"Despite much alarmism about China's rise and global resource shortages, this well constructed volume suggests that fears of disruptions are misplaced. While the global economy is changing rapidly, China's growing confidence in international affairs means that it's rise is both peaceful and transformative. A very useful corrective to simplistic alarmism, this volume deserves a wide readership among both development and international relations scholars and policy makers."- Simon Dalby, CIGI chair in the Political Economy of Climate Change, Balsillie School of International Affairs.
"The Chinese empire has reawakened! The hungry dragon provides an outstanding vision of China’s quest to engross oil and other natural resources. Whether you are an expert in energy economics, international trade or national security, or if you simply have an interest on any of these areas, this book is a must read. The authors are recognized scholars with an excellent track record in their respective areas of research. Their experience and interesting writing style make this a very distinctive piece of work." - Dr Marco A. Palma, Associate Professor and Extension Economist, Texas A&M University
‘The hungry dragon provides an outstanding vision of China’s quest to engross oil and other natural resources … this book is a must read.’- Dr Marco A. Palma, Associate Professor and Extension Economist, Texas A&M University
Burgos and Ear, already authorities on China’s appetite for resources across the world in journals … have written a book of incredible scope and breadth.’ - Wei Liang, Monterey Institute of International Studies and co-editor, China and Global Trade Governance: China’s Ten-Year Experience in the World Trade Organization
‘The authors write with fluid style and frame the key elements that pertain to this seminally important issue that applies to everyone.’ - Jack Odle, Distinguished Professor, North Carolina State University
‘A very useful corrective to simplistic alarmism, this volume deserves a wide readership among both development and international relations scholars and policy makers.’ - Simon Dalby, CIGI chair in the Political Economy of Climate Change, Balsillie School of International Affairs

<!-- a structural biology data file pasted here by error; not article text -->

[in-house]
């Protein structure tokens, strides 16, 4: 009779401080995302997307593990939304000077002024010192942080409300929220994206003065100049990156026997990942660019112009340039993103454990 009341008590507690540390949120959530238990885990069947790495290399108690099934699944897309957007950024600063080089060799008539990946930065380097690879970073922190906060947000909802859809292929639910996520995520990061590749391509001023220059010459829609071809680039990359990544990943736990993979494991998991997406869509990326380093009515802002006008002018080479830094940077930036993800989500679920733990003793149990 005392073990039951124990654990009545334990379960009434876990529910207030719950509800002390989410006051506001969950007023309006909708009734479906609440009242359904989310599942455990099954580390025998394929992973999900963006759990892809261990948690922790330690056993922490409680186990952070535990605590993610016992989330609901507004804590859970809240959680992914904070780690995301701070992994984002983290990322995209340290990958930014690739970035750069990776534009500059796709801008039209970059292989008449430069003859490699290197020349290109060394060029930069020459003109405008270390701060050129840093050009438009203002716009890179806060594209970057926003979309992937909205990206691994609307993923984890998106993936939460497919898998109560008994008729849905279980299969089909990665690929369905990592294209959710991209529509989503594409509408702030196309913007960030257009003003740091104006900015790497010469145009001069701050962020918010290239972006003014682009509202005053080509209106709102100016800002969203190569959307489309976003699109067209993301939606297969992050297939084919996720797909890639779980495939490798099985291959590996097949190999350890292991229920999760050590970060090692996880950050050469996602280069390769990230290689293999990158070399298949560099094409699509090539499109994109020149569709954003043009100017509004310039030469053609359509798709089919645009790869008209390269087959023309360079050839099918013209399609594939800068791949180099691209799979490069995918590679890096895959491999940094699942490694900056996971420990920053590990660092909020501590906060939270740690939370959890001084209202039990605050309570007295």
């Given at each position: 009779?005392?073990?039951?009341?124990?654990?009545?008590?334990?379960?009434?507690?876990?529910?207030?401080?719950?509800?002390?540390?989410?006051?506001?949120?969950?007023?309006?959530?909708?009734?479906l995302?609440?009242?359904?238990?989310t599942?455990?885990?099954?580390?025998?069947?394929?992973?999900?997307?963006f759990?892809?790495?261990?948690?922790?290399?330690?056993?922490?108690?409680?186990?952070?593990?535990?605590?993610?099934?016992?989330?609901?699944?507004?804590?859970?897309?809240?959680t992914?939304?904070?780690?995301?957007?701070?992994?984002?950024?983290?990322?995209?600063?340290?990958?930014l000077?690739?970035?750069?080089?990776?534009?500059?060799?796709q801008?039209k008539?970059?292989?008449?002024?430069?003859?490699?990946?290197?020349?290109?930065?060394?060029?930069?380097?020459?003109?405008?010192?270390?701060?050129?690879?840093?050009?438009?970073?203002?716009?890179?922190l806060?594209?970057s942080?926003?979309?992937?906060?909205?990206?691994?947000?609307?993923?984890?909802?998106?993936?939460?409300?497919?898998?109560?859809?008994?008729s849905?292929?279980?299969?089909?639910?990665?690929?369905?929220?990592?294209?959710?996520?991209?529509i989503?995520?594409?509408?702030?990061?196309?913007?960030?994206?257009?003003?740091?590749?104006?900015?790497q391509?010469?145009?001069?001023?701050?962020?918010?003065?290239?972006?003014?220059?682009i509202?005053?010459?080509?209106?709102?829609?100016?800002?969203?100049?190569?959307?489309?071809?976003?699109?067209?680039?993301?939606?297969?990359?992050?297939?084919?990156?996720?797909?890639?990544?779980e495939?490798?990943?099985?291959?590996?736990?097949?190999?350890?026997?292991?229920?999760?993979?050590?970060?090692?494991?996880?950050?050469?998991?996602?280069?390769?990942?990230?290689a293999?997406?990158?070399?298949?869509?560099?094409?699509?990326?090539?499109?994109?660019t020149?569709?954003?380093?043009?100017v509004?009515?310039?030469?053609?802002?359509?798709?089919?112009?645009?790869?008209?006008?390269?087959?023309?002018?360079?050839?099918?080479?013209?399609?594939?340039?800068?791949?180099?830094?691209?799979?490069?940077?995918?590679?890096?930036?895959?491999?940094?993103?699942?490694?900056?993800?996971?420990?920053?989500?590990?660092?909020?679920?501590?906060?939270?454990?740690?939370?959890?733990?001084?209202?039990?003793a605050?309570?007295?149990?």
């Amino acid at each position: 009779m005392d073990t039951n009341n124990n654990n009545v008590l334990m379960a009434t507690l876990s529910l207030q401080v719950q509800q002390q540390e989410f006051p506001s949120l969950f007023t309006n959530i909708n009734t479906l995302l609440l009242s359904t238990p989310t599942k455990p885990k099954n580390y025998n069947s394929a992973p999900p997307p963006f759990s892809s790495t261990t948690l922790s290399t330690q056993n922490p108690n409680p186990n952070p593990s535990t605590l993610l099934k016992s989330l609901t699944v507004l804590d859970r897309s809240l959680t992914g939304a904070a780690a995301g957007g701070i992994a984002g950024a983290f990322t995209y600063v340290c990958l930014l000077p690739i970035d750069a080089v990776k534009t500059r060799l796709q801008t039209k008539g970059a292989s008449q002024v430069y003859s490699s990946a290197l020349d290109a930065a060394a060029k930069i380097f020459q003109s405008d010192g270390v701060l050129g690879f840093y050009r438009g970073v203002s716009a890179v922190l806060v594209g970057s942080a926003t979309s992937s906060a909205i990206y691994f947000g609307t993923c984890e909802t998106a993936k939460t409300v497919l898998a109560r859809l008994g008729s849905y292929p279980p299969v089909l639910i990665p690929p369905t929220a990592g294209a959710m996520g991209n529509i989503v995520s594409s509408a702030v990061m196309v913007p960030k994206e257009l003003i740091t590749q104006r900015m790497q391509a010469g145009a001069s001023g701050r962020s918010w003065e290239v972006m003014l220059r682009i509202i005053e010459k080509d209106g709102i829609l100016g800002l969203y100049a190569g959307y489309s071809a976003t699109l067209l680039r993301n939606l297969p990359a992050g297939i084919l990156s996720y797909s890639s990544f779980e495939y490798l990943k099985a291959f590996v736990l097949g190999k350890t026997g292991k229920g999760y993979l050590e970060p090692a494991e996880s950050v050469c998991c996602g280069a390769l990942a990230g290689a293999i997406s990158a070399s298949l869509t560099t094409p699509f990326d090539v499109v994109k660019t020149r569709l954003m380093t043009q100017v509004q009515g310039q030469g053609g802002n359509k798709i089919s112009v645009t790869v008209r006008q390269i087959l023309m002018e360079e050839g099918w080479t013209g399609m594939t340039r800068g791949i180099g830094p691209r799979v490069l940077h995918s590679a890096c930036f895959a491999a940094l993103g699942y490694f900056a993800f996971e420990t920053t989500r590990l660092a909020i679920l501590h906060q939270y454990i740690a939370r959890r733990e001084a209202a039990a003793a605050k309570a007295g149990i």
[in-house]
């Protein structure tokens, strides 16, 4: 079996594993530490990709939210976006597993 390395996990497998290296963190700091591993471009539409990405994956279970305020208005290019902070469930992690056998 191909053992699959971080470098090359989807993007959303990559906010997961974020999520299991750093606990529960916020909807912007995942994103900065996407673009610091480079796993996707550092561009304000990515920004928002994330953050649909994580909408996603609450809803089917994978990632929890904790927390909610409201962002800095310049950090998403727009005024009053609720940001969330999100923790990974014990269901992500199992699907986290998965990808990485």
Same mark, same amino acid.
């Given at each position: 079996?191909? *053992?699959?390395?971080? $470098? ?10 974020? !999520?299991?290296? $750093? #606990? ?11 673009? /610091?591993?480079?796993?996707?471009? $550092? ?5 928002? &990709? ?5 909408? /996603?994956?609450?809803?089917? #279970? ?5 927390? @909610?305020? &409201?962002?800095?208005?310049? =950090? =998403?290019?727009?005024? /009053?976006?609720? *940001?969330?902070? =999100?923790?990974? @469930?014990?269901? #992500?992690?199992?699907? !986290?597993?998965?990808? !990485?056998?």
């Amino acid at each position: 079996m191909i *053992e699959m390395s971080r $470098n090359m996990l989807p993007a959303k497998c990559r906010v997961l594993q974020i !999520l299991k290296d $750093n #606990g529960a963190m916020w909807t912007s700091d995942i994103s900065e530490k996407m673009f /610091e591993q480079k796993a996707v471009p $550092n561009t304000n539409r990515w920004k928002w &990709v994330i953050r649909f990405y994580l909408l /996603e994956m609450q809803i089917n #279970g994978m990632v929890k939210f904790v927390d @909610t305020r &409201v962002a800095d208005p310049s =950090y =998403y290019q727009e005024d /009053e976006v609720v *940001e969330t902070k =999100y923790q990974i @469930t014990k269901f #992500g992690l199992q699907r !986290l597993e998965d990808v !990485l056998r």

'... a complete research on the China’s economy for the interest of the international community ... The research of Burgos Cáceres and Sophal Ear is easily accessible to a general audi-ence interested in understanding how China became a global power in our century, but also provides enough data to orient any study on the topic for academic specialists and policy practitioners.' - Albeiro Rodas, Don Bosco Foundation of Cambodia
'With its hard realist no-nonsense subtext on China’s voracious appetite for finite resources matched by genuine concerns over potential for conflict and alarming environmental trends, the authors have produced a compelling, if fact-packed, text that should seek a wider audience.' - Geoffrey C. Gunn, Emeritus, Nagasaki University
'The Hungry Dragon by Burgos Cáceres and Sophal Ear is a rare book and a treat to read... The data and analysis contained in the book go a long way in illuminating a dynamic geopolitical situation where large global powers, and their money and influence, play a pivotal role in political economies of the countries where the resources are extracted.' Sean Yiath, University of California